While initial plans for measuring carbon dioxide from space hoped for 1-2 ppm levels of accuracy (bias) and precision in the CO2 column mean dry air mole fraction (XCO2), in the past few years it has become clear that accuracies better than 0.5 ppm are required for most current science applications. These include measuring continental (1000+ km) and regional scale (100s of km) surface fluxes of CO2 at monthly-average timescales. Considering the 400+ ppm background, this translates to an accuracy of roughly 0.1%, an incredibly challenging target to hit.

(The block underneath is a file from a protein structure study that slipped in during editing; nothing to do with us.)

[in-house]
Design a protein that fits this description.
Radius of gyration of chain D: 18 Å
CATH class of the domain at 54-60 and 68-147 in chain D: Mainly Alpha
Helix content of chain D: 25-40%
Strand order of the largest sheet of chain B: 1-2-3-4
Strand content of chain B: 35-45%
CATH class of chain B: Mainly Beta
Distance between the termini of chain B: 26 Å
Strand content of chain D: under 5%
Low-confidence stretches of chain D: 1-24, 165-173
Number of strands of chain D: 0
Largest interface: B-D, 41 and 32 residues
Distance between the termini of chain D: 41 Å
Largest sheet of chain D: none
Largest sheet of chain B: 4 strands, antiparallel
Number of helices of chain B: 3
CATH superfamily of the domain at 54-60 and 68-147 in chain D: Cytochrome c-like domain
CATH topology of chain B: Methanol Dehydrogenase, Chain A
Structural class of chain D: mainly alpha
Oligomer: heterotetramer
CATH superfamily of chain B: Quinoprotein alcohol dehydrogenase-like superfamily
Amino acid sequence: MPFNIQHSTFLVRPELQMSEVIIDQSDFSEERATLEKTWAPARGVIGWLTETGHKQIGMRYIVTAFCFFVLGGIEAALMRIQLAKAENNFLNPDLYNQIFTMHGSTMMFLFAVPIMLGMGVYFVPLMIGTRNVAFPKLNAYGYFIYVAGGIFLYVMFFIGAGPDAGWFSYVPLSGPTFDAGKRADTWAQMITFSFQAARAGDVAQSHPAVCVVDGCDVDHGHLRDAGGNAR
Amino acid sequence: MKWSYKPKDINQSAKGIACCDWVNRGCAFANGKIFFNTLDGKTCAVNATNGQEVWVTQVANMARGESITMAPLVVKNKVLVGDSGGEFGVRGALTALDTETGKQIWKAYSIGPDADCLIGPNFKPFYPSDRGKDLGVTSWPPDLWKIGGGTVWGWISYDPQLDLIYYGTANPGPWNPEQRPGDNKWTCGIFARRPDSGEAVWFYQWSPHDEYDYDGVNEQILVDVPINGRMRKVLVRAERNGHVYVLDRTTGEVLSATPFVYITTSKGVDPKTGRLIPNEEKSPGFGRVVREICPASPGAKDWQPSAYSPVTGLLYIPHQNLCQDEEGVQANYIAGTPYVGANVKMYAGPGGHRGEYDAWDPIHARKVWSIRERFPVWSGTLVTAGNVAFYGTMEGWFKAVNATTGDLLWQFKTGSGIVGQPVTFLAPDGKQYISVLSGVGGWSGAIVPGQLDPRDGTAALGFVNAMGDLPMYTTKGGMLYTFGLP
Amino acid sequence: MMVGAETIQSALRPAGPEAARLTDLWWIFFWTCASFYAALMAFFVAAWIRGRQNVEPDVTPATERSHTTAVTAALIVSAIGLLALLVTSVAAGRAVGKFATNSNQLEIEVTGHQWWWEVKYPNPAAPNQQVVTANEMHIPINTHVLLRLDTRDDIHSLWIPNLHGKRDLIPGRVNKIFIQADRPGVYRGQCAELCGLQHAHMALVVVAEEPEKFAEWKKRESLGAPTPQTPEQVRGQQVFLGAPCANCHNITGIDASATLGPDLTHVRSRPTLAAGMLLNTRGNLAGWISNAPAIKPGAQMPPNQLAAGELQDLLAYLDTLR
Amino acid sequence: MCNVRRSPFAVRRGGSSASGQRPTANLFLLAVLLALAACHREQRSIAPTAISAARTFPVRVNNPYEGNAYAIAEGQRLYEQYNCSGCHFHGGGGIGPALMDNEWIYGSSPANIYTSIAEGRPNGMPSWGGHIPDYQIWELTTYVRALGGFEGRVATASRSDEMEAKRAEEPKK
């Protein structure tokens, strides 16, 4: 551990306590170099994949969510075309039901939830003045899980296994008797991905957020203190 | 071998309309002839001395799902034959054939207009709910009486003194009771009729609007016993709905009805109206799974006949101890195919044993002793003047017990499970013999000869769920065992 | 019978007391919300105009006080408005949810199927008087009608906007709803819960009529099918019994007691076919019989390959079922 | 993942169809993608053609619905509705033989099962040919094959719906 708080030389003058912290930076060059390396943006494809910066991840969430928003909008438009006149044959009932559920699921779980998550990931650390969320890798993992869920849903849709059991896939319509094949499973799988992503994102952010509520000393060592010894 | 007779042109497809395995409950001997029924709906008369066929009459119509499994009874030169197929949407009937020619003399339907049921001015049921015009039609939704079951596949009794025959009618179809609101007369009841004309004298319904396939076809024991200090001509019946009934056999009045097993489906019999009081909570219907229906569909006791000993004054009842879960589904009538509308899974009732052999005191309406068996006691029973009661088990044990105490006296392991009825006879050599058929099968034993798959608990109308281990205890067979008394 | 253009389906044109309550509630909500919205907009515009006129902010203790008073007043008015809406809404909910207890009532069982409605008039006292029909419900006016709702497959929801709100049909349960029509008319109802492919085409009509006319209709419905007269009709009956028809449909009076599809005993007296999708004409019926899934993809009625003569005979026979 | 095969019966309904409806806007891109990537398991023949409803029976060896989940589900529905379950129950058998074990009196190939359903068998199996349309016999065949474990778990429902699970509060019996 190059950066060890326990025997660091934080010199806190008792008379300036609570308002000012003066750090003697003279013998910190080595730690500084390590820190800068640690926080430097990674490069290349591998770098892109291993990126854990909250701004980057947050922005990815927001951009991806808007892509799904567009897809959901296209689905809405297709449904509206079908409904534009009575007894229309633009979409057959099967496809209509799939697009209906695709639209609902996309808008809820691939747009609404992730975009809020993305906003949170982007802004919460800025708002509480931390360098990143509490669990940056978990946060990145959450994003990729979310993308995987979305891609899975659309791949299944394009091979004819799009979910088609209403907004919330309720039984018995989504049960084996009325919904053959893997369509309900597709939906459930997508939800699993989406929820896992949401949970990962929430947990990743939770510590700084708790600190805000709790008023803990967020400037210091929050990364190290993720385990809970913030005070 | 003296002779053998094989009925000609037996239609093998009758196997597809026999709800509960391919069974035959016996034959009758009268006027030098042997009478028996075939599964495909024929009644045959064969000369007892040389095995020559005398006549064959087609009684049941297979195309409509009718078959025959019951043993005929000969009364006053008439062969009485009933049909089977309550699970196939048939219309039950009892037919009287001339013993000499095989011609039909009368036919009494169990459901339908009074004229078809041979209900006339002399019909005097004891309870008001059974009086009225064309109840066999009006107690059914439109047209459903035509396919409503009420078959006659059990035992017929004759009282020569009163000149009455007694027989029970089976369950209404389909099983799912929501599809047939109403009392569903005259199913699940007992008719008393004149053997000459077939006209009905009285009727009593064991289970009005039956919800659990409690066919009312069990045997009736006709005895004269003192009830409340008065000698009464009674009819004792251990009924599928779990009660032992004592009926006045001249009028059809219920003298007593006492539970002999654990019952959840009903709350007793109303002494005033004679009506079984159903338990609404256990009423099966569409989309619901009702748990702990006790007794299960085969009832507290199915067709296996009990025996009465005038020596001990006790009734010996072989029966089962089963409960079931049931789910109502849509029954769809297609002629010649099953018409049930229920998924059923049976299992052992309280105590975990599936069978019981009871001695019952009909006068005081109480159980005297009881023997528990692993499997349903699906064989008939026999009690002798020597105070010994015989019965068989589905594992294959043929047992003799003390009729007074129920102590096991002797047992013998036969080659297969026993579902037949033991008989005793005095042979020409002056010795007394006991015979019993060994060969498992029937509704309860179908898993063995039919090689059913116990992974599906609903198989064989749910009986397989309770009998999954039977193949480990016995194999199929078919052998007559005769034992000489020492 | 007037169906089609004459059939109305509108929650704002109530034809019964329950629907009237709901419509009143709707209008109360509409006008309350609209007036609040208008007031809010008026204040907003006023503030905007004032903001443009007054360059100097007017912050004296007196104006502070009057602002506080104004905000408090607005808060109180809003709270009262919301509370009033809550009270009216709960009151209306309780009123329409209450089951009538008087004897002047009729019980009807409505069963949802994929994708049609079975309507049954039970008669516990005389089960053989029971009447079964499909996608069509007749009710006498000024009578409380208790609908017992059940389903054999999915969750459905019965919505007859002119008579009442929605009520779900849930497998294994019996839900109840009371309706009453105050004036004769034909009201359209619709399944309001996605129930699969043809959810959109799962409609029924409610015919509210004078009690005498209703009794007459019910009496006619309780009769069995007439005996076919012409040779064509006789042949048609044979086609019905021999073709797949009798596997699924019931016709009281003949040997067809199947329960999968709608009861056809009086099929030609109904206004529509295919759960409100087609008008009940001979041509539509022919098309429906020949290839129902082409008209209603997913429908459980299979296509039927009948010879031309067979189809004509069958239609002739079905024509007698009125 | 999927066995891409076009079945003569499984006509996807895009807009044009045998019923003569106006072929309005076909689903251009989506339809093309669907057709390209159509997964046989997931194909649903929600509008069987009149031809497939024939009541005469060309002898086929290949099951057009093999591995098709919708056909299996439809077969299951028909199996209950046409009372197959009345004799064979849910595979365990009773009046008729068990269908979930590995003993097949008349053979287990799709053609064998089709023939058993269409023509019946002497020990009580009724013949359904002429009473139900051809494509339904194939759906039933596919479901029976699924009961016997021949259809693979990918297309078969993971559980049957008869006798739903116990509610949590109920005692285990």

Improvements in both instrument calibration and retrieval algorithms have led to significant improvements in satellite XCO2 accuracies over the past decade. The Atmospheric Carbon Observations from Space (ACOS) retrieval algorithm, including post-retrieval filtering and bias correction, has demonstrated unprecedented accuracy with our latest algorithm version as applied to the Orbiting Carbon Observatory-2 (OCO-2) satellite sensor. This presentation will discuss the performance of the v10 XCO2 product by comparisons to TCCON and models, and showcase its performance with some recent examples, from the potential to infer large-scale fluxes to its performance on individual power plants. The v10 product yields better agreement with TCCON over land and ocean, plus reduced biases over tropical oceans and desert areas as compared to a median of multiple global carbon inversion models, allowing better accuracy and faith in inferred regional-scale fluxes. More specifically, OCO-2 has single sounding precision of ~0.8 ppm over land and ~0.5 ppm over water, and RMS biases of 0.5-0.7 ppm over both land and water. Given the six-year and growing length of the OCO-2 data record, this also enables new studies on carbon interannual variability, while at the same time allowing identification of more subtle and temporally-dependent errors. Finally, we will discuss the prospects of future improvements in the next planned version (v11), and the long-term prospects of greenhouse gas retrievals in the coming years.